A farm grows in Bushwick
Farming in Bushwick
If it’s hard to find quality cucumbers or carrots in your neighborhood, just grow them. That’s the thinking at Bushwick-based educational non-profit, Boswyck Farms.
Boswyck Farms is a hands-on garden and woodshop where children and adults can learn how to make an everyday use of hydroponics, water-efficient drip system farming techniques. The urban basin of plants located near the DeKalb Avenue stop on the L train, houses dozens of fruits, vegetables and herbs nurtured by nutrient rich water and blue and fuchsia heat lamps. It also houses Lee Mandell, the founder and chief hydroponicist of Boswyck Farms.
“I believe a farmer should live on their farm,” said Lee Mandell, whose loft doubles as the farm. “I have become an agricultural pioneer in the 21st century in Brooklyn which both sounds really weird and makes complete sense.”
Mandell uses his home as a 1000 square foot example of how people living in urban areas with little access to green grocers and supermarkets like Bushwick, can proactively access healthy food. It goes hand in hand with New York City initiatives to eradicate food deserts such as the Healthy Bodega and Adopt-a-Bodega programs. Boswyck Farms suggests communities take initiative by building water-efficient gardens in rooms, food co-ops and pantries.
“We’re just trying to show kids that food comes from some place other than aisle nine in a supermarket,” said Mandell. “Especially in a city where a lot of kids will grow up having never seen anything grow.”
Now, in its 5th year, Boswyck Farm is maturing at a critical time. According to the New York City Department of City Planning about 3 million New Yorkers live in neighborhoods in high need of access to supermarkets and grocery stores. Bushwick is one of them.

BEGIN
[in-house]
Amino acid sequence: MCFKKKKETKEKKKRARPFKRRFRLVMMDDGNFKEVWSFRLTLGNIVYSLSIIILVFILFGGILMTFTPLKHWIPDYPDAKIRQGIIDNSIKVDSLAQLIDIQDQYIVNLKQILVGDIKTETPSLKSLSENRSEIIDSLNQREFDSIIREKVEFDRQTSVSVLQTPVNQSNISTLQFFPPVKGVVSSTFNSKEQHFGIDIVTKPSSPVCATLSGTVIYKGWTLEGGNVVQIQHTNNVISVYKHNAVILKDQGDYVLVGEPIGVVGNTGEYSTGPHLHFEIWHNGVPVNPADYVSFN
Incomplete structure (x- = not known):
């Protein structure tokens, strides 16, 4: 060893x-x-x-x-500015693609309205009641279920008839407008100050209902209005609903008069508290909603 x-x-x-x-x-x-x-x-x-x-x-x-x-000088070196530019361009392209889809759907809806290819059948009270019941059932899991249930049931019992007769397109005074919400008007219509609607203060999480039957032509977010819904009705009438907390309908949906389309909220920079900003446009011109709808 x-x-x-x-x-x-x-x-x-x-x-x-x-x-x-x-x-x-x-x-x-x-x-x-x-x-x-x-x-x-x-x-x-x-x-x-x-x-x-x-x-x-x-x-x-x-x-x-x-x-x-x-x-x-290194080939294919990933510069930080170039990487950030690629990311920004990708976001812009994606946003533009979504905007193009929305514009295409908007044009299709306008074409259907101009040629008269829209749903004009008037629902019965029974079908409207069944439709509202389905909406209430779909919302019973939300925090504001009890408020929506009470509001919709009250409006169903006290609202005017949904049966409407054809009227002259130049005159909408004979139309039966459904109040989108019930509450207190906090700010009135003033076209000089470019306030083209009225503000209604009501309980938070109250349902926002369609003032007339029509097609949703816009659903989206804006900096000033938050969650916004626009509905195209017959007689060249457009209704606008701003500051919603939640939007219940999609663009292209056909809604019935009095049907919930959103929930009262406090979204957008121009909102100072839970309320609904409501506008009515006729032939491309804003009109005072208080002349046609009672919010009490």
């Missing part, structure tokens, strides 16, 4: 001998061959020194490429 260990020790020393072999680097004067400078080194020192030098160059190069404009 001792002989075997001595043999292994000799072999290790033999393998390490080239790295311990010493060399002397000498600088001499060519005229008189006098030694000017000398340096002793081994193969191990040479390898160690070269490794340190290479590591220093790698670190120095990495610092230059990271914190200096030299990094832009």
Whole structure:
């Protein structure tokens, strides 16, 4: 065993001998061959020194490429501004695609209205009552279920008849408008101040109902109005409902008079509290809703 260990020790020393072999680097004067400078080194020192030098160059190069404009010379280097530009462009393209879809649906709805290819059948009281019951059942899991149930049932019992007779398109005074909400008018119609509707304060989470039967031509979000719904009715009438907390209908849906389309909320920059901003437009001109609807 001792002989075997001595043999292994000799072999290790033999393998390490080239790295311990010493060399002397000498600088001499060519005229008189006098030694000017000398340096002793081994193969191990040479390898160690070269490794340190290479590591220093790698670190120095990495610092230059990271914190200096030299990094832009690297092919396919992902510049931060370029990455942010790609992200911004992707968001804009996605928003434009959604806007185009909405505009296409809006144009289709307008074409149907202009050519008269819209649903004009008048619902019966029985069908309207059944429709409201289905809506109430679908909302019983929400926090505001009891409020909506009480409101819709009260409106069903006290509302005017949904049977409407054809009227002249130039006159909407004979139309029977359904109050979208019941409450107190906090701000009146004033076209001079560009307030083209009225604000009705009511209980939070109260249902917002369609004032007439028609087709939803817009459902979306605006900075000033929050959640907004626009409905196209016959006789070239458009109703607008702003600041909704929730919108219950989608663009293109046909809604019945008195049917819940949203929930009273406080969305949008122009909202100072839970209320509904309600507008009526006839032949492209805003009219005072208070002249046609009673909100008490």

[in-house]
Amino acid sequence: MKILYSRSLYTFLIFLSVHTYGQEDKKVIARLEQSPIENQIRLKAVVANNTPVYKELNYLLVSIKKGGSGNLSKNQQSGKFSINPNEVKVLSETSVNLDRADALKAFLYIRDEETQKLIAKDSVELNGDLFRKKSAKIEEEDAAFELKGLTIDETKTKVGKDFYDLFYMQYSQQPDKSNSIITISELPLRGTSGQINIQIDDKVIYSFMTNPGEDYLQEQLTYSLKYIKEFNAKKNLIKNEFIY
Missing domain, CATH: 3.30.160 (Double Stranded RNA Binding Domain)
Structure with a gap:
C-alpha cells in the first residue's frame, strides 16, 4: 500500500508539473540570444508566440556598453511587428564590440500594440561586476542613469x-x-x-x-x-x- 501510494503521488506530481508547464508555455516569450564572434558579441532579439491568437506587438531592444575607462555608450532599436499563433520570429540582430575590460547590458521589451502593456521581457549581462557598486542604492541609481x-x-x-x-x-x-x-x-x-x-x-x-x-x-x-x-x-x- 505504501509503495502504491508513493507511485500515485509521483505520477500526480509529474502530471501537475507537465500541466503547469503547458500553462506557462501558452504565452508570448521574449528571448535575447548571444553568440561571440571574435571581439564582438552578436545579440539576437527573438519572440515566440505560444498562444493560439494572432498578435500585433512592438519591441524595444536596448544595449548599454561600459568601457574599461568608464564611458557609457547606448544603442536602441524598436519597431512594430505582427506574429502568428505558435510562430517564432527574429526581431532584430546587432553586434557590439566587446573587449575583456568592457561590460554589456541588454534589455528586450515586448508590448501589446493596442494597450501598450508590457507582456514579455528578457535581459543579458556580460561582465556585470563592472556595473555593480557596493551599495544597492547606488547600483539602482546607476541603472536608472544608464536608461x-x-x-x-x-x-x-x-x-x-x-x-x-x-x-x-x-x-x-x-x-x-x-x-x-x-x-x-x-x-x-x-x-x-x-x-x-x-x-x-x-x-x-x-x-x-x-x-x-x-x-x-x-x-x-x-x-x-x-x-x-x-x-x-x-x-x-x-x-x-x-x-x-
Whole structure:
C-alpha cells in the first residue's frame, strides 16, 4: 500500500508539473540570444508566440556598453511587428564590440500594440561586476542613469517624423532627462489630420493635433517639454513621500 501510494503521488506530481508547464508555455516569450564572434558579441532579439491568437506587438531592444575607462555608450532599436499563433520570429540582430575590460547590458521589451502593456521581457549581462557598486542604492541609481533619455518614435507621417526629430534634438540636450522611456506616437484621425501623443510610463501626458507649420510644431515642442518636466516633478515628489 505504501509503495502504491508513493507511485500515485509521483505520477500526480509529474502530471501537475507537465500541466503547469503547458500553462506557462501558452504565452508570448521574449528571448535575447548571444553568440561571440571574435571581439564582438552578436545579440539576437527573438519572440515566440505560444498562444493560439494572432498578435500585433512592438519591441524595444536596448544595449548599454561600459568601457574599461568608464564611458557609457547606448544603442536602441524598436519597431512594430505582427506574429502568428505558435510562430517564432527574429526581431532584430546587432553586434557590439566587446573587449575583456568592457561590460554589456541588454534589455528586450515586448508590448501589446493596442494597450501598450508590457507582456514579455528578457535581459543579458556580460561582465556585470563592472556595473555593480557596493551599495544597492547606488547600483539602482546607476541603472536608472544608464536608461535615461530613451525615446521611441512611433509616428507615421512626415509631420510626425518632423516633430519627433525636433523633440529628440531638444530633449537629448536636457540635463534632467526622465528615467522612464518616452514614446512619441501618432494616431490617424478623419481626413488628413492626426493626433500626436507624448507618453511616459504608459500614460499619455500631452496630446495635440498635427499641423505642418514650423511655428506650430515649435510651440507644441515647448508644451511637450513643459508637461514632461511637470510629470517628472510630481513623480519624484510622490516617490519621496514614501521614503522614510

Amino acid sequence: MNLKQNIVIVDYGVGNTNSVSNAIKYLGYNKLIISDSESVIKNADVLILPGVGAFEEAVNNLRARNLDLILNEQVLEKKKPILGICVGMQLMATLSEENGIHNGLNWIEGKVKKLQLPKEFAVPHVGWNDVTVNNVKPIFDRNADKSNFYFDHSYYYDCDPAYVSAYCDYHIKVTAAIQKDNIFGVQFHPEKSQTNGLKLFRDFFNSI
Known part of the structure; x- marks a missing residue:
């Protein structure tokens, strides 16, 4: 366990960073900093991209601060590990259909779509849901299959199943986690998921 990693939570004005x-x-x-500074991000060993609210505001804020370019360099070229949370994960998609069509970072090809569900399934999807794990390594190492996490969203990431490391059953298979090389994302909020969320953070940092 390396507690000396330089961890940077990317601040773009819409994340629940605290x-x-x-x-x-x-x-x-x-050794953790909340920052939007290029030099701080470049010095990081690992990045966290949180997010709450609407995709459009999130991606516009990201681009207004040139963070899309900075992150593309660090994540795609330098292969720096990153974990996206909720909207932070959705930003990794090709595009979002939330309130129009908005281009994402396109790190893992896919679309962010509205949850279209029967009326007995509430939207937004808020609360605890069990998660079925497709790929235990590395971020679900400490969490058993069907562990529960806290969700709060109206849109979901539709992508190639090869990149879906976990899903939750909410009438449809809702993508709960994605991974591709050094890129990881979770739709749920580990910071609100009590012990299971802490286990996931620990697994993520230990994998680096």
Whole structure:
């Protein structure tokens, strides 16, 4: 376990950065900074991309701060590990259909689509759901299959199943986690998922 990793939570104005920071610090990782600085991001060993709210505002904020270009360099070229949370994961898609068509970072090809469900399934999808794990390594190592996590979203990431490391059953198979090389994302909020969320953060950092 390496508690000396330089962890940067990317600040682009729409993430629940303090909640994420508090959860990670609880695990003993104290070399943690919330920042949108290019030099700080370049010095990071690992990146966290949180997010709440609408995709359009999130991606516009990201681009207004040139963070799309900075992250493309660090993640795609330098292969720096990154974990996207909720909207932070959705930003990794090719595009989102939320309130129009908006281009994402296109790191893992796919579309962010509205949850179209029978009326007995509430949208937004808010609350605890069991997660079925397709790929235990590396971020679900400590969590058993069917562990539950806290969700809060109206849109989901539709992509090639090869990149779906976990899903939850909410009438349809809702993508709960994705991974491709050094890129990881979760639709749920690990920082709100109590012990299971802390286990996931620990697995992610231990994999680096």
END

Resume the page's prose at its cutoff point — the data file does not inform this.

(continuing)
“It’s not hard to find fresh food,” said Bushwick resident Jen Holmes. “But it’s hard to get quality fresh food.”
The Adopt-a-Bodega Initiative is a program that works to promote and stock corner stores with healthy foods in areas particularly affected by chronic diabetes and obesity. These areas tend to be where grocery stores are a mile or more away from residences. So far, three Bushwick bodegas have expressed interest in joining the program.
“We are talking to our local bodega here to see if we can encourage them to actually start growing some of their own food,” said Mandell. “The owner of our bodega is opening a green grocer…so this summer we’re going to be showing him what can be grown on a rooftop right here in Bushwick.”
Mandell’s hope is that wherever there’s a neon sign drawing attention to fatty foods and sugary drinks, there will also be a rooftop or food pantry nearby with all the ingredients for a salad.
“Growing food and farming is a part of the human condition,” said Mandell. “And by reconnecting with it, you reconnect with more than just the food, you build communities.”